While shopping for the latest toys and gadgets this holiday season, you may find your inbox or mailbox filled with ads for “Christmas loans” promising quick and easy cash.
But such loans can leave a hole in your wallet long after the giftwrap has been recycled. Here’s why it’s best to avoid so-called Christmas loans.
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It might be a payday loan in holiday wrapping
Christmas loans are often simply payday loans, which carry hefty fees that translate into triple-digit interest rates. A $1,000 payday loan, for example, might include a $100 fee, which works out to an annual percentage rate of 261%.
This type of loan requires only a bank account and income for qualification. They have short payback periods — a few weeks or months. Lenders take a post-dated check or get access to your bank account to collect payment. If you don’t have enough money to pay back the loan on the due date, you may be hit with overdraft fees.
In contrast, reputable lenders check your credit report to gauge how well you’ve managed borrowing in the past. They also charge APRs below 36%, which financial experts agree is the limit for a loan to be considered affordable.
“Once you start racking up debt [through payday loans], it usually tends to spiral,” says Eric Gabor, a certified financial planner and president of Eagle Grove Advisors in New Jersey.
Your information could be ‘regifted’
Websites that advertise Christmas loans don’t always make the loans themselves. They may instead be aggregators that collect consumers’ personal information and, without conspicuous disclosure, sell it to lending companies.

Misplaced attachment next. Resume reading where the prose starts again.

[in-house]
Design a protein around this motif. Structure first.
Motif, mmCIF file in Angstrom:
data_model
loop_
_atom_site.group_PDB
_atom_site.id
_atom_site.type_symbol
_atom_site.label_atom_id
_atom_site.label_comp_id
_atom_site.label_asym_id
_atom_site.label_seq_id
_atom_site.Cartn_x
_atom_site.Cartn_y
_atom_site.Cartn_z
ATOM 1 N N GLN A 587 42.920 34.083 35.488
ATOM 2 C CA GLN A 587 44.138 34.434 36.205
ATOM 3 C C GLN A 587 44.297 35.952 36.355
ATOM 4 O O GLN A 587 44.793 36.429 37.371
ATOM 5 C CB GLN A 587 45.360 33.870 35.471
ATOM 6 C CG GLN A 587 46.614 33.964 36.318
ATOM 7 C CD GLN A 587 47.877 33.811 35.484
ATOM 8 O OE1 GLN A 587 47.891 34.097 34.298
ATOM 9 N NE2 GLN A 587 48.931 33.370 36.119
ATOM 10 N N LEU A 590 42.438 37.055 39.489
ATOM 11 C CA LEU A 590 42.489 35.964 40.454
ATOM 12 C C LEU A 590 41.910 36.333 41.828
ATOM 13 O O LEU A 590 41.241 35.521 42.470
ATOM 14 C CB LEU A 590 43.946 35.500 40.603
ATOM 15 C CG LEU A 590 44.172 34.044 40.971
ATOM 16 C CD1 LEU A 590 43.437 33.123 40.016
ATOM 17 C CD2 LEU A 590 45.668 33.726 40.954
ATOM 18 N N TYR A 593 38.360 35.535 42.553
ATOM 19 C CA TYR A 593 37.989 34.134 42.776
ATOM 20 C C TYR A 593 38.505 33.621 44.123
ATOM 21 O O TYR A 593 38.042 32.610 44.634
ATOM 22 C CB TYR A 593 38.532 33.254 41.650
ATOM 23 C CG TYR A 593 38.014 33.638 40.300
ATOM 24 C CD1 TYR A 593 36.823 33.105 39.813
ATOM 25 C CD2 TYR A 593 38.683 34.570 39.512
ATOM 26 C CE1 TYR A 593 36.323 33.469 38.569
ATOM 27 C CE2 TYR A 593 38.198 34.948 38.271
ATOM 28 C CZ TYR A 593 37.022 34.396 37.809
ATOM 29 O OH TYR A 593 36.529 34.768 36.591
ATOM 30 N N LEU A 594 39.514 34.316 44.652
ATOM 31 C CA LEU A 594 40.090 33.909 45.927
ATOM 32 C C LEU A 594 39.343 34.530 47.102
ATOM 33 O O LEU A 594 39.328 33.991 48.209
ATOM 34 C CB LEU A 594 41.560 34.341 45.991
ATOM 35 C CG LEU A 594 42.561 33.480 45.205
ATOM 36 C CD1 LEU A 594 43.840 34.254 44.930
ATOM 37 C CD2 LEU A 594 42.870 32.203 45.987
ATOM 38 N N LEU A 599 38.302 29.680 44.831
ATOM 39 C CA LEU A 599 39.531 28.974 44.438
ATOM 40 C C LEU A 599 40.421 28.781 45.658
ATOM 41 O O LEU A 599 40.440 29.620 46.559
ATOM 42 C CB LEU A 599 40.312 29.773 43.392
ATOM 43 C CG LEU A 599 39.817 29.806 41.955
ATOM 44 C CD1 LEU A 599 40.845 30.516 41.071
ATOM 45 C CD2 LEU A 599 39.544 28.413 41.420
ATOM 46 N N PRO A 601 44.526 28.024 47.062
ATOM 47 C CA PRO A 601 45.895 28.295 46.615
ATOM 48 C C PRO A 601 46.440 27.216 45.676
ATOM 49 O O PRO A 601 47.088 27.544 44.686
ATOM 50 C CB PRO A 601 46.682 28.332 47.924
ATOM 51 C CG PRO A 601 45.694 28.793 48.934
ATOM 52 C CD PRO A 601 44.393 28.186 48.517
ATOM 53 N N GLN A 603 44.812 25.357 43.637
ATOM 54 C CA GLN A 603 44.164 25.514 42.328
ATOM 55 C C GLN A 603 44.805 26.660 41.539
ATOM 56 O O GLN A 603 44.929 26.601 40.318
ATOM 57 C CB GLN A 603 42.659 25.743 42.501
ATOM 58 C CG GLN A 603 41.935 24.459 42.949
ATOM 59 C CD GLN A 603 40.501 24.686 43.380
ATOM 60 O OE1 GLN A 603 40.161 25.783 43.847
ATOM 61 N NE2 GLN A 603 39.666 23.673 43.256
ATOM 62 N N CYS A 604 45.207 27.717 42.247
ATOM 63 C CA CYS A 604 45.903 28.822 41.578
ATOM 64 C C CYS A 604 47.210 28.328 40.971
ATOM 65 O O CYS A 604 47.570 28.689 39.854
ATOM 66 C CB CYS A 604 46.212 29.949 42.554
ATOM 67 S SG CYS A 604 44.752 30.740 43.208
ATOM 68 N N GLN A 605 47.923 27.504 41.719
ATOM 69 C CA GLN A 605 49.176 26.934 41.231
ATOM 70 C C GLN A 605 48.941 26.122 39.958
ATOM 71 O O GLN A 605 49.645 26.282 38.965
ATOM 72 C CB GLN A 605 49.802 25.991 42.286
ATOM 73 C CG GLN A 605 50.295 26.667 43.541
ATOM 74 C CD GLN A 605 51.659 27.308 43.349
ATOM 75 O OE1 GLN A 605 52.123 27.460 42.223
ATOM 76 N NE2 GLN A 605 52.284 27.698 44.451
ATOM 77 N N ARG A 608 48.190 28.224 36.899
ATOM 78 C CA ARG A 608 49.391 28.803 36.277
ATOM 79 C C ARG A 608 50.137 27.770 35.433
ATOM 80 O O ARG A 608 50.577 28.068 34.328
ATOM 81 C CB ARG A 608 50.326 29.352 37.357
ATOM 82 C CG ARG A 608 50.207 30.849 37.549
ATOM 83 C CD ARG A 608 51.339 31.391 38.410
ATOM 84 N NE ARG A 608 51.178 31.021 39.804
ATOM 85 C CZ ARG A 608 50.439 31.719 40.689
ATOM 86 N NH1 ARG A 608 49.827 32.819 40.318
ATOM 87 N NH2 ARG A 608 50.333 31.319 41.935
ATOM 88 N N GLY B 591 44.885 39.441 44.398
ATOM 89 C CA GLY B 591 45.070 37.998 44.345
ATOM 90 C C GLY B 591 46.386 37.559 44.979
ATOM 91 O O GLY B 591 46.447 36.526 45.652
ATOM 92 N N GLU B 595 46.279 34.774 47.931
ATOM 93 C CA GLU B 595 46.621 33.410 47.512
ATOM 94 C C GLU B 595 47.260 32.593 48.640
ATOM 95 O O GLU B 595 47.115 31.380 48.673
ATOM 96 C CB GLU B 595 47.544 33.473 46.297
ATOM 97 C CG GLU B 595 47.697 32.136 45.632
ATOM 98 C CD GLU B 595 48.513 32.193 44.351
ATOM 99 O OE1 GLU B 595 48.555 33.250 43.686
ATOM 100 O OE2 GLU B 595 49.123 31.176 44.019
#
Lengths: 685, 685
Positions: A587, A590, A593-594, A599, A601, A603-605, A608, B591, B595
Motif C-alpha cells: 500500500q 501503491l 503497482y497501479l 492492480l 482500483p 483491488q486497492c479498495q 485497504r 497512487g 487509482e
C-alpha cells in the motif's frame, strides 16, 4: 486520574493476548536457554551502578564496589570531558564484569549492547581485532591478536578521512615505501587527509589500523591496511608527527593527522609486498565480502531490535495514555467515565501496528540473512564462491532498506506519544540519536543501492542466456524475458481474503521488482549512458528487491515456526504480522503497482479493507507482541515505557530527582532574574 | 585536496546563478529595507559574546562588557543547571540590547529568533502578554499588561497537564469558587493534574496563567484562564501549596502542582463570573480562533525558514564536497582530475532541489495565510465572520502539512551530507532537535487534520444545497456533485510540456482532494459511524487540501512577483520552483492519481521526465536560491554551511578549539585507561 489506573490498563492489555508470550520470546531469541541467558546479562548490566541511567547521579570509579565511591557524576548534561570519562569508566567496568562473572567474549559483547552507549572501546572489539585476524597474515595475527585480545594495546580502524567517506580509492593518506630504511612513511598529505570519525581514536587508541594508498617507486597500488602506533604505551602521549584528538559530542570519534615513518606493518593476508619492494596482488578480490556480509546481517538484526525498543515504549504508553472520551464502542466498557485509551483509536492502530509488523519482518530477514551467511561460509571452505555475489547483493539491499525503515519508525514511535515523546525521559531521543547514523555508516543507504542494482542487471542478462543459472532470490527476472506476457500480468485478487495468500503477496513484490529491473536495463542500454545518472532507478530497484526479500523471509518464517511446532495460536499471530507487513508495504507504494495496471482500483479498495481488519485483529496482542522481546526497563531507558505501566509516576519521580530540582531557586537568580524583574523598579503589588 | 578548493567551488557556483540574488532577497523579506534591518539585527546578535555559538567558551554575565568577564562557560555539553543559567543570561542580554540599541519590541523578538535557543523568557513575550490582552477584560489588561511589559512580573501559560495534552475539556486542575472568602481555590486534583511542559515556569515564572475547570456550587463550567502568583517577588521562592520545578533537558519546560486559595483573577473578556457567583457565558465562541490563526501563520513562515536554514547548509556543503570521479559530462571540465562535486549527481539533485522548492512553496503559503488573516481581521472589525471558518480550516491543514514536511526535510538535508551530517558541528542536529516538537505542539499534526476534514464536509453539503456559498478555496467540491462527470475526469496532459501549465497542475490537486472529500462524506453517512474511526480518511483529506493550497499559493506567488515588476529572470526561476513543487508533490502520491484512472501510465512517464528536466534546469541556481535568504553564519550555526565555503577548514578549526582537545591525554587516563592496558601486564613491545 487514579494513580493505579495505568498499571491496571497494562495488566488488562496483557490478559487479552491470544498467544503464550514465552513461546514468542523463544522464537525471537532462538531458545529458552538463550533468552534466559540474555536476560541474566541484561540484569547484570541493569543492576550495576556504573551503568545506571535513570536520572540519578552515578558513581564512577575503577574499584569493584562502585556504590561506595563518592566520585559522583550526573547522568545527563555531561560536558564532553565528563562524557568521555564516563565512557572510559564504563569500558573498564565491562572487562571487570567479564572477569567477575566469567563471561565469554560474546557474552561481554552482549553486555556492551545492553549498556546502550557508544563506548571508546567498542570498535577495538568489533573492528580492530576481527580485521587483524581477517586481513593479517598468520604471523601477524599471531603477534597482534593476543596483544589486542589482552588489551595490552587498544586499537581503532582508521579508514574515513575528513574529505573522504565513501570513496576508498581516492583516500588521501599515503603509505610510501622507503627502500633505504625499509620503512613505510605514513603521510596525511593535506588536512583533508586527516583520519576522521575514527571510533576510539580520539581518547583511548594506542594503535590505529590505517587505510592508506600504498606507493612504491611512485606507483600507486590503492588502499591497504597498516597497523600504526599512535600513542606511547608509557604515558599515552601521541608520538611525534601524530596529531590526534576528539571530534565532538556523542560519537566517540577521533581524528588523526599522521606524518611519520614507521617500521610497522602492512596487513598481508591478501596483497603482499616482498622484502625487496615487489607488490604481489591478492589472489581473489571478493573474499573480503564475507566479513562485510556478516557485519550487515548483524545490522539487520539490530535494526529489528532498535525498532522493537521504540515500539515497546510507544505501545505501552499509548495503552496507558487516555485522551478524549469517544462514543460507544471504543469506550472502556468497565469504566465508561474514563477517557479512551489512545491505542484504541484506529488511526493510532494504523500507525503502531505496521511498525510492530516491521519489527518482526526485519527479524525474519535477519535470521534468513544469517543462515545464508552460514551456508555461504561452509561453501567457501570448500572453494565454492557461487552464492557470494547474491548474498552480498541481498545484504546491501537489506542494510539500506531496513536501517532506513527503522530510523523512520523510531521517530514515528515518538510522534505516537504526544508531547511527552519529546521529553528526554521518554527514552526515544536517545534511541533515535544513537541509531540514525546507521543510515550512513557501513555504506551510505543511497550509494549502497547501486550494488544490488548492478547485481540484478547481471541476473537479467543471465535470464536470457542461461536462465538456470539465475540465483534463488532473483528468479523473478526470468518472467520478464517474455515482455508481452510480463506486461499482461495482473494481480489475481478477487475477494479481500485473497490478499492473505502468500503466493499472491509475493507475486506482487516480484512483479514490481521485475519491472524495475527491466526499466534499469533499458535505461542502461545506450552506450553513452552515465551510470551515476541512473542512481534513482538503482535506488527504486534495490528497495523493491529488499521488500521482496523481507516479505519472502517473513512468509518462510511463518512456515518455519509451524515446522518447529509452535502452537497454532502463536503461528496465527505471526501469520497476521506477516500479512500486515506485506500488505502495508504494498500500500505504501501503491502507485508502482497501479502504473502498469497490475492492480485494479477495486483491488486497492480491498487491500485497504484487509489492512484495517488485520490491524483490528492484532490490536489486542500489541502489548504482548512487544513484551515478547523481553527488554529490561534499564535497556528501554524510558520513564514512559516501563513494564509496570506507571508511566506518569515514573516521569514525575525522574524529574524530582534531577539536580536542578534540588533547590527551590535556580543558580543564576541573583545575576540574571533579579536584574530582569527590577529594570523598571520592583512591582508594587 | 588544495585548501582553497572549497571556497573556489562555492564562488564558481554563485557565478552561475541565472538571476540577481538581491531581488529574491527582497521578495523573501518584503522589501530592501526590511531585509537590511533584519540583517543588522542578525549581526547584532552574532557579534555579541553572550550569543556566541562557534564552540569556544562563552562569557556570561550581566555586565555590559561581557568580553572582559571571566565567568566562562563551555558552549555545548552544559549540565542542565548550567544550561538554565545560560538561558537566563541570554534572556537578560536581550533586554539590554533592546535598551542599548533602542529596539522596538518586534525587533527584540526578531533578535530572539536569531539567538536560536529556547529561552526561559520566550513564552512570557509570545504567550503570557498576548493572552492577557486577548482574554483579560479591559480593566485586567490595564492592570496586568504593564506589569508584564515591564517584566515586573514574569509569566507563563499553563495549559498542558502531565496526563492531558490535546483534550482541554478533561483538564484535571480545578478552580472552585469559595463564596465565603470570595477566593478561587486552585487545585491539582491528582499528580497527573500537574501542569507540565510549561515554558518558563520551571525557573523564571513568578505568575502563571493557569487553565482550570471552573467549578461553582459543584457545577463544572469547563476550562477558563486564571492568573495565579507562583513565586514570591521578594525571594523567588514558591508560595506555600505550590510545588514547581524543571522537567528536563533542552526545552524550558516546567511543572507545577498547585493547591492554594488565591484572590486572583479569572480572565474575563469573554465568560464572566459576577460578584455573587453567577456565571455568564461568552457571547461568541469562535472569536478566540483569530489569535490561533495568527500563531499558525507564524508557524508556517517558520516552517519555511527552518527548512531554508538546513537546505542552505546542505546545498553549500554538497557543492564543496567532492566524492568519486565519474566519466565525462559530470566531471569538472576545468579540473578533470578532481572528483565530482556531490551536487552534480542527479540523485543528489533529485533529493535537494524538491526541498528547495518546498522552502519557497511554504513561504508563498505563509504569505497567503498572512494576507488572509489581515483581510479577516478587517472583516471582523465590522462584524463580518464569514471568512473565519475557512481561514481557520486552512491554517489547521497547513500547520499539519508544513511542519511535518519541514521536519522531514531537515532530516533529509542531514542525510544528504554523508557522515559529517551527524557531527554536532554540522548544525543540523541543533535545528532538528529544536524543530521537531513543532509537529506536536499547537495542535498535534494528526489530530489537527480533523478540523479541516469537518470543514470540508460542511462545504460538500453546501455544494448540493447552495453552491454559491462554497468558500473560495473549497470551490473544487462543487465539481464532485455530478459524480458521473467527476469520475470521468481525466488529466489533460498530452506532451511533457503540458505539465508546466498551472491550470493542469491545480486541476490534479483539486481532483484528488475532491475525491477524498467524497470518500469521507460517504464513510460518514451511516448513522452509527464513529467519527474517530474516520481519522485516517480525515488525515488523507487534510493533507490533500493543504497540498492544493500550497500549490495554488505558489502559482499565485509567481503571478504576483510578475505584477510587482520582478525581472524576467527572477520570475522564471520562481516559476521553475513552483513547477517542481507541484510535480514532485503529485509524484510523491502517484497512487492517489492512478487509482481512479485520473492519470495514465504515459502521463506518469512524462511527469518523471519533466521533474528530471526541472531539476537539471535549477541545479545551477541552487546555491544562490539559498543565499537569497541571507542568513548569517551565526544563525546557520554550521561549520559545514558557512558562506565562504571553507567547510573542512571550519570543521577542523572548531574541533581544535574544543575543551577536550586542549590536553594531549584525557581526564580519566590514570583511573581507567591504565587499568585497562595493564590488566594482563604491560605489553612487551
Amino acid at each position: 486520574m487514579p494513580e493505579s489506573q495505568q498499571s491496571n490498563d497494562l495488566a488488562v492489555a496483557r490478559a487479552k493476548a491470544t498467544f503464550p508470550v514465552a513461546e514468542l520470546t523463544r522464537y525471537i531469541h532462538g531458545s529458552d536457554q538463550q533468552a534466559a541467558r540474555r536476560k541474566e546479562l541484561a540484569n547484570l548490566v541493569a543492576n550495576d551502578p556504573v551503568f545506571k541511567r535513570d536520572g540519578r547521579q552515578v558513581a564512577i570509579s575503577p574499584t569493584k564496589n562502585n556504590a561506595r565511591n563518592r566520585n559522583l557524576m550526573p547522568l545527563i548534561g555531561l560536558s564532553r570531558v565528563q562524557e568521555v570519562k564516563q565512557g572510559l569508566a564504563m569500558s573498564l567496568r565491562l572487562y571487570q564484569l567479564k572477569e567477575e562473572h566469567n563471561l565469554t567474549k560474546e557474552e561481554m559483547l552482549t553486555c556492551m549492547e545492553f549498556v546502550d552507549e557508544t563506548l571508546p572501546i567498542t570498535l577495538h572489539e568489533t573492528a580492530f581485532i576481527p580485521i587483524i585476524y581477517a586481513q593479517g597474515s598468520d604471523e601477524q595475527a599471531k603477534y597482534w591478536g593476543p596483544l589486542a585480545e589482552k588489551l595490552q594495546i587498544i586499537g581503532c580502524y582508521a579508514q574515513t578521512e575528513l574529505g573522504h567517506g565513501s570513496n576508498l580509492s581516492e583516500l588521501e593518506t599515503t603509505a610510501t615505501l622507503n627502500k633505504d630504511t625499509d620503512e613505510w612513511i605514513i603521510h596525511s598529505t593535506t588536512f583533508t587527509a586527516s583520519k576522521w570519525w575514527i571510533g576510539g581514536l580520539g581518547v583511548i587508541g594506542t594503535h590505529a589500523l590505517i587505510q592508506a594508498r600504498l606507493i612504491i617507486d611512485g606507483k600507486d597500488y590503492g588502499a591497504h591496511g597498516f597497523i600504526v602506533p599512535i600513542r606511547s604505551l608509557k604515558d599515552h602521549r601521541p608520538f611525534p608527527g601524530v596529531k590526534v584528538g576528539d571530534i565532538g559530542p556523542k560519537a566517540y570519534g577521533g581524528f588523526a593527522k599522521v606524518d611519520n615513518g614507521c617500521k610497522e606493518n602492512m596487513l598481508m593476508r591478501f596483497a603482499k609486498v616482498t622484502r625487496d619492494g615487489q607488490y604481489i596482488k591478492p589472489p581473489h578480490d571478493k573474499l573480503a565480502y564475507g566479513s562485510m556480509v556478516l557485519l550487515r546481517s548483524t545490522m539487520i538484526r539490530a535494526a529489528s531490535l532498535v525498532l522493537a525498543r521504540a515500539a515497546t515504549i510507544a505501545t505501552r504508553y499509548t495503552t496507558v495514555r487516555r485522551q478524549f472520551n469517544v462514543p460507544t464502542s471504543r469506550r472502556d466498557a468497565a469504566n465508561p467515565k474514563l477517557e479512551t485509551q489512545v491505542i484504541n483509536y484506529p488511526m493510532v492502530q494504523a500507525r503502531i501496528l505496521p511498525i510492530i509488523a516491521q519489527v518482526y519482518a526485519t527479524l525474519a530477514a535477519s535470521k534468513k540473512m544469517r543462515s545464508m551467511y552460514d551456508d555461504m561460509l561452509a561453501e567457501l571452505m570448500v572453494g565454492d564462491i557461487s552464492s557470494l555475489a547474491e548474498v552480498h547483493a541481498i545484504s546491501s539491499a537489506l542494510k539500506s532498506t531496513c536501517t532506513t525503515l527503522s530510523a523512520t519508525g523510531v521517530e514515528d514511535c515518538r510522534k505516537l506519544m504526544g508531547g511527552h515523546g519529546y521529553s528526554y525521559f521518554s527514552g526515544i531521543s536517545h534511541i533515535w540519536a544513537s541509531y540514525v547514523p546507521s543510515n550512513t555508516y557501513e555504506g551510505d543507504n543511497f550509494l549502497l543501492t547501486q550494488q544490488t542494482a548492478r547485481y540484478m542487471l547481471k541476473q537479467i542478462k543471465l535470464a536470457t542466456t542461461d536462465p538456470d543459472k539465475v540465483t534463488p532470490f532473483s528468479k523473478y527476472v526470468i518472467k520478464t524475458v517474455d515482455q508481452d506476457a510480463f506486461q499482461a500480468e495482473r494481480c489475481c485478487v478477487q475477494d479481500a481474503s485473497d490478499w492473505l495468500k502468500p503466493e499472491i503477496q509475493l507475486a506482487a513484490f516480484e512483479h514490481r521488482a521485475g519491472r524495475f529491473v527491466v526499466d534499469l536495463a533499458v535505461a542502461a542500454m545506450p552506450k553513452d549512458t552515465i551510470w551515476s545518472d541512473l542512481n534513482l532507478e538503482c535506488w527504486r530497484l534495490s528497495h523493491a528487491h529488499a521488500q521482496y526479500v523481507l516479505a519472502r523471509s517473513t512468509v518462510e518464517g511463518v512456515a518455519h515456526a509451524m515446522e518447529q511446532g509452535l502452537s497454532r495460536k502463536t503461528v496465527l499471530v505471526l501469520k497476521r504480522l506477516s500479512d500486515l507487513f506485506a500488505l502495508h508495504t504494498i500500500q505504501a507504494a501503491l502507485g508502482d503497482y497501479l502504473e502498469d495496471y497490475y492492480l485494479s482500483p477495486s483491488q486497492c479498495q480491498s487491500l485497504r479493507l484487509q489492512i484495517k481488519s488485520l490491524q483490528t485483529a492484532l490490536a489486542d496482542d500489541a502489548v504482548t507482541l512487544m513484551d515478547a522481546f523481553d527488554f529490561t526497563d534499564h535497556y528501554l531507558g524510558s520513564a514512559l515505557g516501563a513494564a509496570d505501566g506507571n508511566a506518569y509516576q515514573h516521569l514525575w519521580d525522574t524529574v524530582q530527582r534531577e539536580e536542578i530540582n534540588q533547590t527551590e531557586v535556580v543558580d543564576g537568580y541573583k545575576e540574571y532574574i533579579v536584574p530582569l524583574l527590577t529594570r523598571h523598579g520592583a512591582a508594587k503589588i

You may think you’re applying to just one lender when you fill out an online loan application at one of these sites. In reality, your data is sent to multiple lenders. That may result in unwanted marketing emails or calls from companies you’ve never heard of, long after the holidays are over.
You pay now — and for seasons to come
Less toxic borrowing options, including personal loans from banks, credit unions and reputable online lenders, sometimes come with upfront fees and long payback periods. On top of interest, your Christmas loan might include an origination fee of between 2% to 5% of the amount borrowed.
Loan terms typically span two to five years, depending on the amount you borrow and your credit profile. You can pay the loan off early if you have the money, and doing so will save on interest.
Taking a loan now means you are taking away money from your future self, says Gabor — money that could be put toward your retirement, an emergency fund or other expenses instead.
A better way to give
Instead of buying items from Christmas wish lists, give a special activity that you can do at little or no cost. Spend the day learning a recipe from Mom or volunteer together at the local food bank, says Gabor.
If you’re set on buying gifts, stretch your dollar as much as you can, he says. Websites like Raise.com or Cashbackmonitor.com can help, by offering discounted gift cards and pointing out cash-back offers. Some credit cards also offer cash back and shopping rewards on holiday purchases.
As soon as the festivities are over, start saving for next year.
You can save and build your credit score at the same time with a credit-builder loan. You “borrow” money from a lender, but the lender deposits your monthly repayments into a savings account.
When the loan is fully repaid as agreed, you get the money back in a lump sum and have a year of on-time payments on your credit report.
The article Bad Loans Lurk Under ‘Christmas’ Wrap originally appeared on NerdWallet.